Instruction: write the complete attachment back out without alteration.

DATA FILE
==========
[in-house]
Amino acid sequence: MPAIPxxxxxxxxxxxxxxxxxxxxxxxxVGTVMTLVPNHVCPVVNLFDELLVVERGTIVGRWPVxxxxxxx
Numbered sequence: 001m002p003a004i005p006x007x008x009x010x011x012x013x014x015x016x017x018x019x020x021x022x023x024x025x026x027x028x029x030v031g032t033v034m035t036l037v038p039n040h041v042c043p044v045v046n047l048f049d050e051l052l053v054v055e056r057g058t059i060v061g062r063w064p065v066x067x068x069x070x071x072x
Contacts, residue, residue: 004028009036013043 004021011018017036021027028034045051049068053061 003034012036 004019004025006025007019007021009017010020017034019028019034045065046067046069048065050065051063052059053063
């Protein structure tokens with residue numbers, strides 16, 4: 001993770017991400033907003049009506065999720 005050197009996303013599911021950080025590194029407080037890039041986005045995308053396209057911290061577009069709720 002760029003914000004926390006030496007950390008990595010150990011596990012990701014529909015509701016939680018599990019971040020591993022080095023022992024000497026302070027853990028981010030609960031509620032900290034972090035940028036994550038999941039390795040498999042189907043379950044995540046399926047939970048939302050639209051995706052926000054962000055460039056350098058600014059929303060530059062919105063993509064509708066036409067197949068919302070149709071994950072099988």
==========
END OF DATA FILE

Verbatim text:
[in-house]
Amino acid sequence: MPAIPxxxxxxxxxxxxxxxxxxxxxxxxVGTVMTLVPNHVCPVVNLFDELLVVERGTIVGRWPVxxxxxxx
Numbered sequence: 001m002p003a004i005p006x007x008x009x010x011x012x013x014x015x016x017x018x019x020x021x022x023x024x025x026x027x028x029x030v031g032t033v034m035t036l037v038p039n040h041v042c043p044v045v046n047l048f049d050e051l052l053v054v055e056r057g058t059i060v061g062r063w064p065v066x067x068x069x070x071x072x
Contacts, residue, residue: 004028009036013043 004021011018017036021027028034045051049068053061 003034012036 004019004025006025007019007021009017010020017034019028019034045065046067046069048065050065051063052059053063
């Protein structure tokens with residue numbers, strides 16, 4: 001993770017991400033907003049009506065999720 005050197009996303013599911021950080025590194029407080037890039041986005045995308053396209057911290061577009069709720 002760029003914000004926390006030496007950390008990595010150990011596990012990701014529909015509701016939680018599990019971040020591993022080095023022992024000497026302070027853990028981010030609960031509620032900290034972090035940028036994550038999941039390795040498999042189907043379950044995540046399926047939970048939302050639209051995706052926000054962000055460039056350098058600014059929303060530059062919105063993509064509708066036409067197949068919302070149709071994950072099988």